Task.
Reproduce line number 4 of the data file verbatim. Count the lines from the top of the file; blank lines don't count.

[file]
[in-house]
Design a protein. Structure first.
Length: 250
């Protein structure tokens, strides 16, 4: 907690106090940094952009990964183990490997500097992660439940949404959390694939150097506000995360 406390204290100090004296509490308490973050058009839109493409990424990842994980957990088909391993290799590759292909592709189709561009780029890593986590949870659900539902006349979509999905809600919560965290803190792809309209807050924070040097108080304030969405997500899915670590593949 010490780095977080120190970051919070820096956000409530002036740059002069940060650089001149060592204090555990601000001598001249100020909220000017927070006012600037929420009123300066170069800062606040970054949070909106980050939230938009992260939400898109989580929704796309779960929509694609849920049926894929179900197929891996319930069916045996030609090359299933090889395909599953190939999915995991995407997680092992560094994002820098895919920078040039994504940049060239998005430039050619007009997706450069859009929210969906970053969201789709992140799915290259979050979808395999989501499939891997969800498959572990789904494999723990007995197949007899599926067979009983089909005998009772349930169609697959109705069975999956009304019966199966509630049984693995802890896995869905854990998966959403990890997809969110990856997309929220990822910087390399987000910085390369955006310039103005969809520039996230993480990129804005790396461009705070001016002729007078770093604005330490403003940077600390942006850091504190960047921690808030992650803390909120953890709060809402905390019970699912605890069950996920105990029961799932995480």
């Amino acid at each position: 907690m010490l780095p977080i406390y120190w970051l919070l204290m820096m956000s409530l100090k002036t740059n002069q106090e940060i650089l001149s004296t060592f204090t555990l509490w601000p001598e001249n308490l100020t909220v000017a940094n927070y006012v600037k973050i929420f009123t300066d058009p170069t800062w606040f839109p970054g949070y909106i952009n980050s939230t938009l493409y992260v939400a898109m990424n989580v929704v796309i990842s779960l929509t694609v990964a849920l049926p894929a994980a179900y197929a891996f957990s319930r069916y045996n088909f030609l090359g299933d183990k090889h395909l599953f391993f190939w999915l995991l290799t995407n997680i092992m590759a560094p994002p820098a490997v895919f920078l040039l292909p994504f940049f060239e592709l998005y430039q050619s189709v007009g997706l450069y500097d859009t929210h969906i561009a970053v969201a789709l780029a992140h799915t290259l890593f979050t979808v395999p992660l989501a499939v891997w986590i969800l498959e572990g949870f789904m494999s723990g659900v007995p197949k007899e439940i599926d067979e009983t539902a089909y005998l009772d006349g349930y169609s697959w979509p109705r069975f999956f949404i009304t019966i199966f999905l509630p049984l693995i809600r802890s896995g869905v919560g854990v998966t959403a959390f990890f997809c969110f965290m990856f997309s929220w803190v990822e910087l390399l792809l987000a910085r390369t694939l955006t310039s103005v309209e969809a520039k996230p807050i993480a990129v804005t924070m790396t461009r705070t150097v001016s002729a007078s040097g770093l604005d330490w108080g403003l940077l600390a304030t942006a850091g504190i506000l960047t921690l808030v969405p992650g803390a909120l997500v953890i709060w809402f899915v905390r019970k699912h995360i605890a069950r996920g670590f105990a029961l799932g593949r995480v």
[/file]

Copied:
């Protein structure tokens, strides 16, 4: 907690106090940094952009990964183990490997500097992660439940949404959390694939150097506000995360 406390204290100090004296509490308490973050058009839109493409990424990842994980957990088909391993290799590759292909592709189709561009780029890593986590949870659900539902006349979509999905809600919560965290803190792809309209807050924070040097108080304030969405997500899915670590593949 010490780095977080120190970051919070820096956000409530002036740059002069940060650089001149060592204090555990601000001598001249100020909220000017927070006012600037929420009123300066170069800062606040970054949070909106980050939230938009992260939400898109989580929704796309779960929509694609849920049926894929179900197929891996319930069916045996030609090359299933090889395909599953190939999915995991995407997680092992560094994002820098895919920078040039994504940049060239998005430039050619007009997706450069859009929210969906970053969201789709992140799915290259979050979808395999989501499939891997969800498959572990789904494999723990007995197949007899599926067979009983089909005998009772349930169609697959109705069975999956009304019966199966509630049984693995802890896995869905854990998966959403990890997809969110990856997309929220990822910087390399987000910085390369955006310039103005969809520039996230993480990129804005790396461009705070001016002729007078770093604005330490403003940077600390942006850091504190960047921690808030992650803390909120953890709060809402905390019970699912605890069950996920105990029961799932995480």